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NICE U-turn sees Celgene's Imnovid backed for multiple myeloma

New data and a discount swayed the cost-effectiveness body
Celgene Imnovid

The National Institute for Health and Care Excellence has backed Celgene's multiple myeloma pill Imnovid (pomalidomide) in combination with dexamethasone for use on the NHS in new draft guidance.

Imnovid has been given the nod for the treatment of people with relapsed or refractory multiple myeloma who have undergone three previous treatments, including Celgene's Revlimid (lenalidomide) and Takeda's Velcade (bortexomib).

The U-turn by the UK regulator is thanks to new trial data, which showed the drug to be clinically superior to other myeloma treatments.

In one phase III study, patients in the dual-therapy group who had received two prior treatments had an average overall survival rate of 13.1 months compared with 8.1 months for those receiving dexamethasone alone.

The blood cancer drug has not been available to NHS England and Wales patients since September last year, when it was de-listed from the original iteration of the Cancer Drugs Fund as part of cutbacks.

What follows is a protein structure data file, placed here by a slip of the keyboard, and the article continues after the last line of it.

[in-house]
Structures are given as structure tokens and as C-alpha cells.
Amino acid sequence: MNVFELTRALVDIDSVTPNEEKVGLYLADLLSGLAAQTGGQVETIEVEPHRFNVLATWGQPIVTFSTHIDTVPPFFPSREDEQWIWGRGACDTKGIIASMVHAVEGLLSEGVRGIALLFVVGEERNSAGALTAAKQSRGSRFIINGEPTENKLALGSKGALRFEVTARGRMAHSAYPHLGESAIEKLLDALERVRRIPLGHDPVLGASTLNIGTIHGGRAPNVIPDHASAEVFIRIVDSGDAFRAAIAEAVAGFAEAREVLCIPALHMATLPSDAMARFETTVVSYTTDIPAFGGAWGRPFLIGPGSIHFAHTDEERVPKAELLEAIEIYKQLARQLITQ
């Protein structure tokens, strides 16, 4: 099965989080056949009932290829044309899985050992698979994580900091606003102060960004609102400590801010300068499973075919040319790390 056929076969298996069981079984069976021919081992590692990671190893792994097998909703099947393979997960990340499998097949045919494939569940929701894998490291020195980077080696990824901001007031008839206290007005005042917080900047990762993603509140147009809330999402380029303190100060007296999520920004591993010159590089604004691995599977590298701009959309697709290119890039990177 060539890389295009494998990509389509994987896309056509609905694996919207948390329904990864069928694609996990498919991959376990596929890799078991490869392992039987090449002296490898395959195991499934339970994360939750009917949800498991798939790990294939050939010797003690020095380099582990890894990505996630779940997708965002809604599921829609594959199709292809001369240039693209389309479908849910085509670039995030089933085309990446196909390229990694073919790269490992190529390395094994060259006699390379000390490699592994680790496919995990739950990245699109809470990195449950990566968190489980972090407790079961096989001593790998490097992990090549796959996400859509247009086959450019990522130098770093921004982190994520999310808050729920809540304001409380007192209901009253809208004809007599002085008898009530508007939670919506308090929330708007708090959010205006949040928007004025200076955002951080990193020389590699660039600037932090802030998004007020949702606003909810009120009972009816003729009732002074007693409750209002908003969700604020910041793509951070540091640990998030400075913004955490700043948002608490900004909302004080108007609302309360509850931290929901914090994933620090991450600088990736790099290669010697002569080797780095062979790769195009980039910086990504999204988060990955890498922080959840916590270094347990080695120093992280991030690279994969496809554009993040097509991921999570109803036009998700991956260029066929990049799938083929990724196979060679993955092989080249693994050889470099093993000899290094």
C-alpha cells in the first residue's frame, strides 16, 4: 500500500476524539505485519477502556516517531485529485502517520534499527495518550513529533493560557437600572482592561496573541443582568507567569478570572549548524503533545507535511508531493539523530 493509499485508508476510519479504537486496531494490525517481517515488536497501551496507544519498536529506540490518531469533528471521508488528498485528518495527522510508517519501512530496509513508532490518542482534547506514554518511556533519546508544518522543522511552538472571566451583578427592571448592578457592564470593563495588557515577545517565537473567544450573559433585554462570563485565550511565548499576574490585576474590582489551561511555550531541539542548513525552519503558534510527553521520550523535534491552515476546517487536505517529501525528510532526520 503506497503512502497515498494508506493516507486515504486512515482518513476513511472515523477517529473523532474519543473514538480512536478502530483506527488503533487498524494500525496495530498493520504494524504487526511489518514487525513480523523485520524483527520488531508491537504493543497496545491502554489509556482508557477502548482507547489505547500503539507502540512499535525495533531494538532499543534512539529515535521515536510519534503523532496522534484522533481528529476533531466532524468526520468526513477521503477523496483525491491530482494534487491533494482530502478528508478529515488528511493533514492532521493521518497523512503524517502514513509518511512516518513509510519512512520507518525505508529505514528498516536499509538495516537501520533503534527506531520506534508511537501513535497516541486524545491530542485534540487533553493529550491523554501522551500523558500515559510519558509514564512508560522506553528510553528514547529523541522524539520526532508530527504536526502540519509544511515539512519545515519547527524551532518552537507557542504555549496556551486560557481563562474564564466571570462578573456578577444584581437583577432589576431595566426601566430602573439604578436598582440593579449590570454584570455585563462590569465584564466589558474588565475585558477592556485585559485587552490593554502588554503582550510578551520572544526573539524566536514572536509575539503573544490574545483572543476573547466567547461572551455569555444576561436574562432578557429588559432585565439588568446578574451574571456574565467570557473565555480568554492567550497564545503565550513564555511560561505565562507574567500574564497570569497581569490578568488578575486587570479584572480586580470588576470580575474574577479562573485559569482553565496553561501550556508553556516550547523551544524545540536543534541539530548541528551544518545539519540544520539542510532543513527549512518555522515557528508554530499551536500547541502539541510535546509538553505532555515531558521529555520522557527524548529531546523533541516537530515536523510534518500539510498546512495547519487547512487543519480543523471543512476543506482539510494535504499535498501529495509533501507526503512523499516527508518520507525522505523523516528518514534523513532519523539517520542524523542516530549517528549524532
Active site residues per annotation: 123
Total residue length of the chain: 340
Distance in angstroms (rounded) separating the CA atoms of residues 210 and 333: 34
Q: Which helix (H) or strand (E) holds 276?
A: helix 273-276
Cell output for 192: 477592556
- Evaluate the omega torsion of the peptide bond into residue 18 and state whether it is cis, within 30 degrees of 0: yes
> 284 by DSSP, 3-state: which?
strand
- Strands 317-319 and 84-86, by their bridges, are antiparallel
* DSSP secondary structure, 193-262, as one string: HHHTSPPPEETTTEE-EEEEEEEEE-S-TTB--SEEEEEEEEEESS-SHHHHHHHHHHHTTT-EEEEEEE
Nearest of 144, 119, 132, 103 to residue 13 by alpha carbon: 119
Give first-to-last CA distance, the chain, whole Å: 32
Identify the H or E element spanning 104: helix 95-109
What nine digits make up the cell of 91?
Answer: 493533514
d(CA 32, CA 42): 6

Celgene has now agreed a confidential discount for Imnovid's list price of £44,420 per treatment course, and the drug could be used to treat around 630 patients in this indication annually.

Commenting on NICE's recommendation, Celgene UK & Ireland's medical director Dr Adrian Kilcoyne said: “Since the removal of pomalidomide from the Cancer Drugs Fund, Celgene has worked collaboratively with NICE to help ensure that patients in England can access this medicine which can improve overall survival by five months.

“The positive recommendation issued by NICE means that eligible patients across the UK can access this important treatment from today. This is great news for patients.”

Multiple myeloma is an incurable disease that affects approximately 9,000 people in the UK and Ireland. The second most common blood cancer, less than half of patients survive for five years or more after diagnosis.

Article by
Rebecca Clifford

24th November 2016

From: Research

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